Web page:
I also think another (rubber?) grip/strap of some sort could be used to secure the pump handle down close to the dropout. Any suggestions on what to use?

    The frame has no pump peg/nipple on the HT, so I erred towards the rear location. Would I be better off returning this pump and ordering an HPX#3 for use under the TT (strapped in place - no pump peg)?
    Neil

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    Default Re: Frame Pumps: The Greatest Ever Made

    Quote Originally Posted by edoz View Post
    I'm curious to try out the Topeak, but you can have my HPX when you pry it from my cold, dead hands.
    I've got Topeak on one bike (to fit along the left seat stay) and Zefal HPX (under top tube) on another. The Zefal seems a little more solid, though in reality the Topeak has been just as tough. The Topeak seems a little sleeker. Both much much better than Silca.
     

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    Default Re: Frame Pumps: The Greatest Ever Made

    Quote Originally Posted by Saab2000 View Post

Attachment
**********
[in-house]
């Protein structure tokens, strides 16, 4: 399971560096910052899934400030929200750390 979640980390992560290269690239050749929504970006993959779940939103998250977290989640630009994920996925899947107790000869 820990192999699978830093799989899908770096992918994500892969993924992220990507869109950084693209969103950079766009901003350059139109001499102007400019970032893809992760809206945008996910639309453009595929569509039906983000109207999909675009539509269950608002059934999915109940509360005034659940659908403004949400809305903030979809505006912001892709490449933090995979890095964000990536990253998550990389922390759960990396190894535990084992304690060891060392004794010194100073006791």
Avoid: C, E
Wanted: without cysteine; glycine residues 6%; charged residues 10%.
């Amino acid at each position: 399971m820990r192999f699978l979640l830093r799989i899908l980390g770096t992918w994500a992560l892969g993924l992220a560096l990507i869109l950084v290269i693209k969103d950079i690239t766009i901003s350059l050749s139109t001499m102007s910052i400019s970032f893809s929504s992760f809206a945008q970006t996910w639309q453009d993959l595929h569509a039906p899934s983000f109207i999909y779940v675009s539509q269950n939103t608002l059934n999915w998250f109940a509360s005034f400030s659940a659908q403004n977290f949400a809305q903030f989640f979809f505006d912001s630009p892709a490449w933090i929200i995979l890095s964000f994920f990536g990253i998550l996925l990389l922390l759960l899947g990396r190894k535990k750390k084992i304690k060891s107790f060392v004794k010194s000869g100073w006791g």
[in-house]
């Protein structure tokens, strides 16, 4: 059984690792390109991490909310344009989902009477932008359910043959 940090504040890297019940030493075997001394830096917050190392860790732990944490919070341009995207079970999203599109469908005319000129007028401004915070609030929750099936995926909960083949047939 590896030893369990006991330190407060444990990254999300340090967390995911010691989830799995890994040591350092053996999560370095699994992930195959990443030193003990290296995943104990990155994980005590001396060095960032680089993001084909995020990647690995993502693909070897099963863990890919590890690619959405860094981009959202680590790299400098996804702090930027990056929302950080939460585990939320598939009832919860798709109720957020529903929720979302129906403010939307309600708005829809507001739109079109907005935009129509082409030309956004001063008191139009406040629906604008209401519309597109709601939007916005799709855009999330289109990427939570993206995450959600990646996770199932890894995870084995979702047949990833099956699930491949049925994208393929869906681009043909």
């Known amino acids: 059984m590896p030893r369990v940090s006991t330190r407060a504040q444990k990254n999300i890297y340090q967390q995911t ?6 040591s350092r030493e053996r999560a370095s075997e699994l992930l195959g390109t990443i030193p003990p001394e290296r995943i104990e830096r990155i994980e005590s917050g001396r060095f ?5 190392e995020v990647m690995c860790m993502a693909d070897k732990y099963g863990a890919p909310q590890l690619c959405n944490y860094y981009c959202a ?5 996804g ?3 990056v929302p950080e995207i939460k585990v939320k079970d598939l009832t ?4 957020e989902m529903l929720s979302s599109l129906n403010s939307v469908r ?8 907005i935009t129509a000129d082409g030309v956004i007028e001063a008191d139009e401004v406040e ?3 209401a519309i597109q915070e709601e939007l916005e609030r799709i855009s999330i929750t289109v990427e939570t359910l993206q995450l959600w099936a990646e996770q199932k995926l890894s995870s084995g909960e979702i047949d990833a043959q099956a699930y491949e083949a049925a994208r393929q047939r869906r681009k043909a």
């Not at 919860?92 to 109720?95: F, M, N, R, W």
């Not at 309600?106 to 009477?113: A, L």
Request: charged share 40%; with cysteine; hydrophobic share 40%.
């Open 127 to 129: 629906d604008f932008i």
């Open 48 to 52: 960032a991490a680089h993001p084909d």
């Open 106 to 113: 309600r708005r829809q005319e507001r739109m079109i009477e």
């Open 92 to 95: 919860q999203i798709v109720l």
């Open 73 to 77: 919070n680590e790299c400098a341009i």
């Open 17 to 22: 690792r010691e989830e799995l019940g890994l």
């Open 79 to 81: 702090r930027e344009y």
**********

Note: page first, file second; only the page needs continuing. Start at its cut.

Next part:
Zfal HPx for the win. First pic about 2 weeks ago with the Serotta S&S traveler and the next pic a day or so after Ballers 2012.


    Swix straps?
     

  17. #117
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    Default Re: Frame Pumps: The Greatest Ever Made

    Quote Originally Posted by Mr B View Post
    In my bid to join the Big Boys Proper Frame Pump Club, I eyed up my frameset, did some measuring and decided to try placing a Zefal HPX#2 in this position:



    The length of the pump is fine, but I'm a little wary of its security particularly considering its proximity to the rear wheel.









    The seatstays are too tight to seat the pump fully 'under' the NDS stay. I thought a strap could help secure it there, so there's a velcro placeholder for now.